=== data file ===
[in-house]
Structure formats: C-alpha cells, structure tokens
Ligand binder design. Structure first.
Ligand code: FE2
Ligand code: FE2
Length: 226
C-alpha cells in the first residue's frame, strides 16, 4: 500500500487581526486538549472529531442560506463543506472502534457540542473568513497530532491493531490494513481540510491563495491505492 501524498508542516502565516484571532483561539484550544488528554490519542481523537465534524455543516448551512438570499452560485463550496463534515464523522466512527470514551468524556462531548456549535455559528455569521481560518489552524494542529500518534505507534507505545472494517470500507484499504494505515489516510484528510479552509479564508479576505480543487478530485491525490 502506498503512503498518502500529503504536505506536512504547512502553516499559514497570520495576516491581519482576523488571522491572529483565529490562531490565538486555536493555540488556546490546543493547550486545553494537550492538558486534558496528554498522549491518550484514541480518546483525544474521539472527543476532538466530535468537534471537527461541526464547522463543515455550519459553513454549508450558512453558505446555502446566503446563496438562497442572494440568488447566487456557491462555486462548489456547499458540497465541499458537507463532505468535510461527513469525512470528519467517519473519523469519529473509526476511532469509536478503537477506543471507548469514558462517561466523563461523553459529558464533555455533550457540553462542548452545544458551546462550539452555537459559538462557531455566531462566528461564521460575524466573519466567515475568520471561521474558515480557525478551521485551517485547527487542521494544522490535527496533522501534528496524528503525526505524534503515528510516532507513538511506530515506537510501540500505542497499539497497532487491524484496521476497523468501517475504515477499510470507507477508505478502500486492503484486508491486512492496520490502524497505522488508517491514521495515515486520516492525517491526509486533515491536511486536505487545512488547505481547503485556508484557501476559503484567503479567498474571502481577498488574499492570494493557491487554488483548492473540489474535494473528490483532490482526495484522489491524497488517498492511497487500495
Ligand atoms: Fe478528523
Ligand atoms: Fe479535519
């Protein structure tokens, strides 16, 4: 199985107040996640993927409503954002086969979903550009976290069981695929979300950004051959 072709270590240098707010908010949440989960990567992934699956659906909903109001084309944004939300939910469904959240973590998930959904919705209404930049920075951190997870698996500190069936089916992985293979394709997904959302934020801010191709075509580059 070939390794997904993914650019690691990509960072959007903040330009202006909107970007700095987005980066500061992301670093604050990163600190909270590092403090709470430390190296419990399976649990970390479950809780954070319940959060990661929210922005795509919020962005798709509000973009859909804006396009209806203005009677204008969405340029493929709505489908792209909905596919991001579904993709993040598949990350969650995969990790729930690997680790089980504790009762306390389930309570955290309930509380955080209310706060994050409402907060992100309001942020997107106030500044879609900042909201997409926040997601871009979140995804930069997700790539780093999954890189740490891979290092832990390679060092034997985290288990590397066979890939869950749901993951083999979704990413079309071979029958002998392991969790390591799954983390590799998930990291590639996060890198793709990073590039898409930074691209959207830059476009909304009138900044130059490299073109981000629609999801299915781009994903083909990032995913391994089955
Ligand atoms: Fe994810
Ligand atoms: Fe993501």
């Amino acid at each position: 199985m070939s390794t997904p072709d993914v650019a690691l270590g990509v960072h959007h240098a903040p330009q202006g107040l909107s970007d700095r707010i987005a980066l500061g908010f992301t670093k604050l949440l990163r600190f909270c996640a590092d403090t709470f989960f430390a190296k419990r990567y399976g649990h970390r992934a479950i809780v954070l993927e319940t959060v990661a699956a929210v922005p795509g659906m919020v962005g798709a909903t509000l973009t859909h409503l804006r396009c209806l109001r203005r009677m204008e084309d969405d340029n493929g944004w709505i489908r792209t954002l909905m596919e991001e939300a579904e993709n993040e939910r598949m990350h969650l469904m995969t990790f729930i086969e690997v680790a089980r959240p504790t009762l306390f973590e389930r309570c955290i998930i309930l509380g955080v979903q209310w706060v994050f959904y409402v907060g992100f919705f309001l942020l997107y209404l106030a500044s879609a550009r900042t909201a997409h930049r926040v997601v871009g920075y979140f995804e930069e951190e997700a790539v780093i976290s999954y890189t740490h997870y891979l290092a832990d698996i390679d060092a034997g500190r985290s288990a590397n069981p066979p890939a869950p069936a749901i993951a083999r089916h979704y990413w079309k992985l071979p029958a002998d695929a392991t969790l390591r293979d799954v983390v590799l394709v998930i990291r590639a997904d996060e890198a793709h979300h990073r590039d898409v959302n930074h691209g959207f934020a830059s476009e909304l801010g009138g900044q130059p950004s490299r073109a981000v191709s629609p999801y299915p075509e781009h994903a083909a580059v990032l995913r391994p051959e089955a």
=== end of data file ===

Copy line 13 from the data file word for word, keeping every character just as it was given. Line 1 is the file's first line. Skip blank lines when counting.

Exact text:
């Amino acid at each position: 199985m070939s390794t997904p072709d993914v650019a690691l270590g990509v960072h959007h240098a903040p330009q202006g107040l909107s970007d700095r707010i987005a980066l500061g908010f992301t670093k604050l949440l990163r600190f909270c996640a590092d403090t709470f989960f430390a190296k419990r990567y399976g649990h970390r992934a479950i809780v954070l993927e319940t959060v990661a699956a929210v922005p795509g659906m919020v962005g798709a909903t509000l973009t859909h409503l804006r396009c209806l109001r203005r009677m204008e084309d969405d340029n493929g944004w709505i489908r792209t954002l909905m596919e991001e939300a579904e993709n993040e939910r598949m990350h969650l469904m995969t990790f729930i086969e690997v680790a089980r959240p504790t009762l306390f973590e389930r309570c955290i998930i309930l509380g955080v979903q209310w706060v994050f959904y409402v907060g992100f919705f309001l942020l997107y209404l106030a500044s879609a550009r900042t909201a997409h930049r926040v997601v871009g920075y979140f995804e930069e951190e997700a790539v780093i976290s999954y890189t740490h997870y891979l290092a832990d698996i390679d060092a034997g500190r985290s288990a590397n069981p066979p890939a869950p069936a749901i993951a083999r089916h979704y990413w079309k992985l071979p029958a002998d695929a392991t969790l390591r293979d799954v983390v590799l394709v998930i990291r590639a997904d996060e890198a793709h979300h990073r590039d898409v959302n930074h691209g959207f934020a830059s476009e909304l801010g009138g900044q130059p950004s490299r073109a981000v191709s629609p999801y299915p075509e781009h994903a083909a580059v990032l995913r391994p051959e089955a």